Evolutionary engineers have created a new strain of Saccharomyces cerevisiae that can ferment ethanol from the agricultural and timber waste feedstock, lignocellulose. Rosa Garcia Sanchez and co-workers accelerated the evolution of the yeast, by applying selection pressure in continuous culture, to arrive at an organism capable of complete conversion of the pentose sugars, xylose and arabinose, to ethanol .
The process of directed evolution may not seem to be a striking advance in transgenic technology and it is easy to draw parallels with ancient methods of artificial selection. One of the caveats of evolutionary engineering is that novel beneficial mutations are unlikely to occur . Wild type yeast cannot ferment pentose sugars at all and transgenic parental strains for pentose fermentation were initially created, by inserting the required genes from other fungi (Pichia) and bacteria . However, like many genetically modified organisms, the transgenic yeast strains were not genetically stable or efficient enough to be of the best benefit to industry. The desirable genetic modification was only accurately achieved by combining modern approaches of transgene insertion with a more classical selection strategy.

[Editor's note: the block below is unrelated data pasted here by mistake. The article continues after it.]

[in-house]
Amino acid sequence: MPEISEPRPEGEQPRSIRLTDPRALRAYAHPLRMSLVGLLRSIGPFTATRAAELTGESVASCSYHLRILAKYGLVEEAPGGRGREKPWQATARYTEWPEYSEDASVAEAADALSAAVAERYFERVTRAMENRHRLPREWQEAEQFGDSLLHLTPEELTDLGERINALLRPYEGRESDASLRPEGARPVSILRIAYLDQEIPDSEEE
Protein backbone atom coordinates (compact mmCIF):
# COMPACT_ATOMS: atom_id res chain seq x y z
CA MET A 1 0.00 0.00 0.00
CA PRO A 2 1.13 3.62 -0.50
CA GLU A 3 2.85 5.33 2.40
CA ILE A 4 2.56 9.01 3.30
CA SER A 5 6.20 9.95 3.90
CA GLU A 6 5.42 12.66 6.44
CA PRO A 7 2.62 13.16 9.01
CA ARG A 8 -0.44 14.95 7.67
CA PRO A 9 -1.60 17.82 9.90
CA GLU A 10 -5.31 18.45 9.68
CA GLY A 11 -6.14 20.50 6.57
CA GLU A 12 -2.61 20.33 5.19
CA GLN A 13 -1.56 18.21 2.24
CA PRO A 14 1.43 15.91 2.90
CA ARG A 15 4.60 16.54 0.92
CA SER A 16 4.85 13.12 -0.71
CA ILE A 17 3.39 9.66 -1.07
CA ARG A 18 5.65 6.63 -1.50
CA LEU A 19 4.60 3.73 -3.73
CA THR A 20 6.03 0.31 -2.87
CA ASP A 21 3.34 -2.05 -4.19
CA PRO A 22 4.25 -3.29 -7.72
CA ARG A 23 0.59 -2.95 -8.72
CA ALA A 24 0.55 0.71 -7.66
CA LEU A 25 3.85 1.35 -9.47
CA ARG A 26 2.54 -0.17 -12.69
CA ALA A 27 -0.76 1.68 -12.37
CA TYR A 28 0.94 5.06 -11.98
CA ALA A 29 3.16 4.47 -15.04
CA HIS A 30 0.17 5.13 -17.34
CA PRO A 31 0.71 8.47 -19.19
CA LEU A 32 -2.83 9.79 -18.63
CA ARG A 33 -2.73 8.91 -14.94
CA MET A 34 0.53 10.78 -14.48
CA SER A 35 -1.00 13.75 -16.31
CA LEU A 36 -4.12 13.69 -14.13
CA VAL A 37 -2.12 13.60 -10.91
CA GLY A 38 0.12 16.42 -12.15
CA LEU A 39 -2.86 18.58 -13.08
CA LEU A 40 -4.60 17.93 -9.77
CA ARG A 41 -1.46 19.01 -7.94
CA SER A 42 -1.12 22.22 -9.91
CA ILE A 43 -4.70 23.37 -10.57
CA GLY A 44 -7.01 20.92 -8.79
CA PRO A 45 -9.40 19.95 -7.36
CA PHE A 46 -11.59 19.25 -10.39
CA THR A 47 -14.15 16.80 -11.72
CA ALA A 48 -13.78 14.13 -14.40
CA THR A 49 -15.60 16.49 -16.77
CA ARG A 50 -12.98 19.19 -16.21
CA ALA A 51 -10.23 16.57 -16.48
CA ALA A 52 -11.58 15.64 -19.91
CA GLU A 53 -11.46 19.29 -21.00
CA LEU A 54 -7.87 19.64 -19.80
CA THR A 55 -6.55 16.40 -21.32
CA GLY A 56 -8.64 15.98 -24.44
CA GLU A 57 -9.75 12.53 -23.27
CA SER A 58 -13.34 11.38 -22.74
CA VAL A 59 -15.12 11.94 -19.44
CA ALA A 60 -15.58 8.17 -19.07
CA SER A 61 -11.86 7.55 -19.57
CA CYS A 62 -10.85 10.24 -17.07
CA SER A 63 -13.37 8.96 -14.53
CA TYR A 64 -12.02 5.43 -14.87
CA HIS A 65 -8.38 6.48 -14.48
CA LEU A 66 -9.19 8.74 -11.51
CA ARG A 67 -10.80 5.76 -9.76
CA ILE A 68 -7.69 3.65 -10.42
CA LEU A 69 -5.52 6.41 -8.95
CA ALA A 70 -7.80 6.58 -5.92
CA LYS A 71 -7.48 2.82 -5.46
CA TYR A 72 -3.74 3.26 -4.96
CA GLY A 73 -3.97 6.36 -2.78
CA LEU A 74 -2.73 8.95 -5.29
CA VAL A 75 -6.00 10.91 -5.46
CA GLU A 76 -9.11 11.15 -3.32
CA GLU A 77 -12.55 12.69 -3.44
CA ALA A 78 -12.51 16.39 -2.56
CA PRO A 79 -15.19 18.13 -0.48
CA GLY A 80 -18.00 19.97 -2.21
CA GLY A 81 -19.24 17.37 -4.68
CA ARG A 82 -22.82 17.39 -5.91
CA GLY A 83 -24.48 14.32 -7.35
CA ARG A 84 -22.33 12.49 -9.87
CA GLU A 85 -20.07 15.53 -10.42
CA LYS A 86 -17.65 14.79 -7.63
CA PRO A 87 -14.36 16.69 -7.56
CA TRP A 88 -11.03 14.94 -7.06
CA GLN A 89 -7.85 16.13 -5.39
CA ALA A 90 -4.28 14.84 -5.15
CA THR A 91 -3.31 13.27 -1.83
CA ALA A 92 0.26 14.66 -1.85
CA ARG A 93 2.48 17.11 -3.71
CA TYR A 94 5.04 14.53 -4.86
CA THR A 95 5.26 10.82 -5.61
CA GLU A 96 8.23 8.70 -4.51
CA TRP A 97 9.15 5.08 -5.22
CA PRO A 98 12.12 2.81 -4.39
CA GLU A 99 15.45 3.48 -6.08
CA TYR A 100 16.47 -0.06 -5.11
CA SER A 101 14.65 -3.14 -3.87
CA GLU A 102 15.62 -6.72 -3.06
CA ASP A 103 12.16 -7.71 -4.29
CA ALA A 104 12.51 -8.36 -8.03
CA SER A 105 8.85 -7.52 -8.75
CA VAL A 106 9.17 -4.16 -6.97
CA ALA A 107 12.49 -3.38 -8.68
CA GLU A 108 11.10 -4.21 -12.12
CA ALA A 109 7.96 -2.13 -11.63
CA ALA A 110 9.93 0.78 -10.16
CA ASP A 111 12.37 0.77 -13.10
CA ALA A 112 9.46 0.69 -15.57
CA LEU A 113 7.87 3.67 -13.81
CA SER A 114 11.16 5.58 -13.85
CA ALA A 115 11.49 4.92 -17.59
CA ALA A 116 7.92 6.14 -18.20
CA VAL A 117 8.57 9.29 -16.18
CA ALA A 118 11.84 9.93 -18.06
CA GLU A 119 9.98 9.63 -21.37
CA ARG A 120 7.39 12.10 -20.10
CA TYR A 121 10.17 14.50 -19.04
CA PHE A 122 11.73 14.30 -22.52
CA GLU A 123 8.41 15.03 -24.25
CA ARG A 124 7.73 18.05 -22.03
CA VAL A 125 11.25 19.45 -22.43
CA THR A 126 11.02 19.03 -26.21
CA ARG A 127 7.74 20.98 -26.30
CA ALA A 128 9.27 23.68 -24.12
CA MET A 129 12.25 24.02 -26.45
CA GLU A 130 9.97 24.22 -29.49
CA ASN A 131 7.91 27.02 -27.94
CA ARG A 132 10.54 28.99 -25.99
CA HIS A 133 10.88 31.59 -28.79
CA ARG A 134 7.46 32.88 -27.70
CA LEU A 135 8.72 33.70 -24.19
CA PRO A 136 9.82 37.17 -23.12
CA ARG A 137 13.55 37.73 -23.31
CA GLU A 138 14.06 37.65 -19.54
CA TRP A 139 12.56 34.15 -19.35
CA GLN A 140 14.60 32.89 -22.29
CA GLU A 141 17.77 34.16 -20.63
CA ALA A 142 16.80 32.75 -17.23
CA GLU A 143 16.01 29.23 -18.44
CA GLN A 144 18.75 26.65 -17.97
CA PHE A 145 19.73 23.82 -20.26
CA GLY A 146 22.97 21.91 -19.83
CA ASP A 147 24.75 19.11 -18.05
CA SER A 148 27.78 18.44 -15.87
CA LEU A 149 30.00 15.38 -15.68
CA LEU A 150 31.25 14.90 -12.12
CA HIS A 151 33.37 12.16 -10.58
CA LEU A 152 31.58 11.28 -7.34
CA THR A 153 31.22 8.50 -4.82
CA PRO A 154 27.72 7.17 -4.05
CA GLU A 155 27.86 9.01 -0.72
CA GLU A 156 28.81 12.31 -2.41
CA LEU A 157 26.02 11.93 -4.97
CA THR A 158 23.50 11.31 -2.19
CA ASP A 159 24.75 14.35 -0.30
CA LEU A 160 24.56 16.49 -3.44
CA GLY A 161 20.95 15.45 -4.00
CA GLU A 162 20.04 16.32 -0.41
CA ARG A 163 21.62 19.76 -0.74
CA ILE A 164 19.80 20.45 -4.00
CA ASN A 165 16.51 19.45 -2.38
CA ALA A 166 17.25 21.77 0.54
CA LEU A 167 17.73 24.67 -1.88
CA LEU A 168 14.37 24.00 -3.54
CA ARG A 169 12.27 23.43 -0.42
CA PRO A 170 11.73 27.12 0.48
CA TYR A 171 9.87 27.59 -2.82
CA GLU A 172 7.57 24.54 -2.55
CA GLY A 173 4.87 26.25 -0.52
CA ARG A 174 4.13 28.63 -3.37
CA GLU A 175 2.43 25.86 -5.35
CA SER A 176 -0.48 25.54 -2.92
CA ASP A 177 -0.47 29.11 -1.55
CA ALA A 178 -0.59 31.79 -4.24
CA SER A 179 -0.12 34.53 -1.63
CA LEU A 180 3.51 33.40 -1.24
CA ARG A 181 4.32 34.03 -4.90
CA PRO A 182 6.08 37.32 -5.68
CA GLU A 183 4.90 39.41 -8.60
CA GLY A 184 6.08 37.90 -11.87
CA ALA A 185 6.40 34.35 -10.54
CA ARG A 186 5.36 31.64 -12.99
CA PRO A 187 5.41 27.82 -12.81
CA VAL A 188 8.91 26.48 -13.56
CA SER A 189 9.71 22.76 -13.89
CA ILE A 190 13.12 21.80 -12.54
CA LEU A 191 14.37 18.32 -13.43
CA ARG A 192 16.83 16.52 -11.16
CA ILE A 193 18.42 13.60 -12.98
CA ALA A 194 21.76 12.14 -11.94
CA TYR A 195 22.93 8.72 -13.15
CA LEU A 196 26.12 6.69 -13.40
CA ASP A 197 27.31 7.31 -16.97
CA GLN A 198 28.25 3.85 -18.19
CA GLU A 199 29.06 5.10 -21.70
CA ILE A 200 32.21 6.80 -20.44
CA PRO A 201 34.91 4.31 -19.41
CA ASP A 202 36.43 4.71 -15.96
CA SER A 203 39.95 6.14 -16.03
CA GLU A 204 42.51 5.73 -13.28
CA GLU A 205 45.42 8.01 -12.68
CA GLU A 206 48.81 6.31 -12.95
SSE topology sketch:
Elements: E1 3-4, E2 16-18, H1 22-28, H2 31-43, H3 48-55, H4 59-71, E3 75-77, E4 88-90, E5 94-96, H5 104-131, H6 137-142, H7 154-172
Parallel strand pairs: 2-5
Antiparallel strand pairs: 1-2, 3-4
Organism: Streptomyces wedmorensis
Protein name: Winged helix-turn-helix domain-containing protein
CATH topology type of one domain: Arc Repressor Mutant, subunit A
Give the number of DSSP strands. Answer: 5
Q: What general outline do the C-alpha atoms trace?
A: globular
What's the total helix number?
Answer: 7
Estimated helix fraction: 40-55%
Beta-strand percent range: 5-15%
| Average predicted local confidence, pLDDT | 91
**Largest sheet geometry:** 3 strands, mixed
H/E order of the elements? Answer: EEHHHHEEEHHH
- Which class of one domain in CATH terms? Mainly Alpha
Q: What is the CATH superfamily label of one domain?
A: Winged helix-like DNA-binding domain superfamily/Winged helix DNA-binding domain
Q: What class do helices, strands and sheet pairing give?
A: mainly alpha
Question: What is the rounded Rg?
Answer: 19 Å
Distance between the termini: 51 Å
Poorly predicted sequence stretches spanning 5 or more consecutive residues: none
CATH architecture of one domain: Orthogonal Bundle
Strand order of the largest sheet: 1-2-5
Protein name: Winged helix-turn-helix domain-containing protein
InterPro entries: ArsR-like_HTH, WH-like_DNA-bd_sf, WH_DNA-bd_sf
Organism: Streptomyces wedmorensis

Given meta-genomic quantities of novel genetic material [e.g. 4] and our ability to generate astonishingly complex clones , it is worth considering the cost of deciphering and manipulating the function of the smallest genetic units, in the face of parsimonious selective processes that have already taken place. By carefully investigating the genetic and metabolic transition that occurs during evolutionary engineering, we also gain new scientific insight into the most efficient ways to build a transgenic organism.
1. Garcia Sanchez, R., Karhumaa, K., Fonseca, C., Sanchez Nogue, V., Almeida, J., Larsson, C., Bengtsson, O., Bettiga, M., Hahn-Hagerdal, B., & Gorwa-Grauslund, M. (2010). Improved xylose and arabinose utilization by an industrial recombinant Saccharomyces cerevisiae strain using evolutionary engineering Biotechnology for Biofuels, 3 (1) DOI: 10.1186/1754-6834-3-13
2. Kwok, R. (2010). Five hard truths for synthetic biology Nature, 463 (7279), 288-290 DOI: 10.1038/463288a
3. Karhumaa K, Wiedemann B, Hahn-Hägerdal B, Boles E, & Gorwa-Grauslund MF (2006). Co-utilization of L-arabinose and D-xylose by laboratory and industrial Saccharomyces cerevisiae strains. Microbial cell factories, 5 PMID: 16606456
4. Sommer, M., Church, G., & Dantas, G. (2010). A functional metagenomic approach for expanding the synthetic biology toolbox for biomass conversion Molecular Systems Biology, 6 DOI: 10.1038/msb.2010.16
5. Gibson, D., Glass, J., Lartigue, C., Noskov, V., Chuang, R., Algire, M., Benders, G., Montague, M., Ma, L., Moodie, M., Merryman, C., Vashee, S., Krishnakumar, R., Assad-Garcia, N., Andrews-Pfannkoch, C., Denisova, E., Young, L., Qi, Z., Segall-Shapiro, T., Calvey, C., Parmar, P., Hutchison, C., Smith, H., & Venter, J. (2010). Creation of a Bacterial Cell Controlled by a Chemically Synthesized Genome Science DOI: 10.1126/science.1190719
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